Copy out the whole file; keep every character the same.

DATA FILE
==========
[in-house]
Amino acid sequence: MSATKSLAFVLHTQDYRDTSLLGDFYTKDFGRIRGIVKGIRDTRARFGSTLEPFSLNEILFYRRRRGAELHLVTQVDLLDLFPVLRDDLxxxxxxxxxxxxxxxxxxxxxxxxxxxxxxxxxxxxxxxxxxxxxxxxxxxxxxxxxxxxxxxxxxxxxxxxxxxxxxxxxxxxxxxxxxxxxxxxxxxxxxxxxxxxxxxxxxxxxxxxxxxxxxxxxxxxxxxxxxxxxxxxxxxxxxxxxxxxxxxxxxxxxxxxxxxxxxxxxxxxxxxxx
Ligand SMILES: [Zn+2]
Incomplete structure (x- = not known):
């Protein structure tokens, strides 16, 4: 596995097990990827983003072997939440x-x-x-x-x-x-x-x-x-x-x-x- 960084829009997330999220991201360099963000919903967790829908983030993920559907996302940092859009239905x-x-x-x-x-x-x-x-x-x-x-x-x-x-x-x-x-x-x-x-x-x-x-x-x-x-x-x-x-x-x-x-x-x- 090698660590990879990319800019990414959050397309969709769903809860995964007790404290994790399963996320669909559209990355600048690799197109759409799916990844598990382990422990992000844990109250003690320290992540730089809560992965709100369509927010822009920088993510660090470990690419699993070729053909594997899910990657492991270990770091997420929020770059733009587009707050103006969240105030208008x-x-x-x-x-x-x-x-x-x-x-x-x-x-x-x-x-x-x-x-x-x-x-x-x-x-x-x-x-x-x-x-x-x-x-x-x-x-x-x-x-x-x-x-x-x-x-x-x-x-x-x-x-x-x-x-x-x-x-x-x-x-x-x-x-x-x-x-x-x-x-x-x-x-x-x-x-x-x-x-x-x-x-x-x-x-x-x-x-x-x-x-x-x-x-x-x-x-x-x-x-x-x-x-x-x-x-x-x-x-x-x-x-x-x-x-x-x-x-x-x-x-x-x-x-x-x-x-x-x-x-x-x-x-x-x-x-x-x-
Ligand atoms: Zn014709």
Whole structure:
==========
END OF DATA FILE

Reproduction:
[in-house]
Amino acid sequence: MSATKSLAFVLHTQDYRDTSLLGDFYTKDFGRIRGIVKGIRDTRARFGSTLEPFSLNEILFYRRRRGAELHLVTQVDLLDLFPVLRDDLxxxxxxxxxxxxxxxxxxxxxxxxxxxxxxxxxxxxxxxxxxxxxxxxxxxxxxxxxxxxxxxxxxxxxxxxxxxxxxxxxxxxxxxxxxxxxxxxxxxxxxxxxxxxxxxxxxxxxxxxxxxxxxxxxxxxxxxxxxxxxxxxxxxxxxxxxxxxxxxxxxxxxxxxxxxxxxxxxxxxxxxxx
Ligand SMILES: [Zn+2]
Incomplete structure (x- = not known):
């Protein structure tokens, strides 16, 4: 596995097990990827983003072997939440x-x-x-x-x-x-x-x-x-x-x-x- 960084829009997330999220991201360099963000919903967790829908983030993920559907996302940092859009239905x-x-x-x-x-x-x-x-x-x-x-x-x-x-x-x-x-x-x-x-x-x-x-x-x-x-x-x-x-x-x-x-x-x- 090698660590990879990319800019990414959050397309969709769903809860995964007790404290994790399963996320669909559209990355600048690799197109759409799916990844598990382990422990992000844990109250003690320290992540730089809560992965709100369509927010822009920088993510660090470990690419699993070729053909594997899910990657492991270990770091997420929020770059733009587009707050103006969240105030208008x-x-x-x-x-x-x-x-x-x-x-x-x-x-x-x-x-x-x-x-x-x-x-x-x-x-x-x-x-x-x-x-x-x-x-x-x-x-x-x-x-x-x-x-x-x-x-x-x-x-x-x-x-x-x-x-x-x-x-x-x-x-x-x-x-x-x-x-x-x-x-x-x-x-x-x-x-x-x-x-x-x-x-x-x-x-x-x-x-x-x-x-x-x-x-x-x-x-x-x-x-x-x-x-x-x-x-x-x-x-x-x-x-x-x-x-x-x-x-x-x-x-x-x-x-x-x-x-x-x-x-x-x-x-x-x-x-x-x-
Ligand atoms: Zn014709």
Whole structure: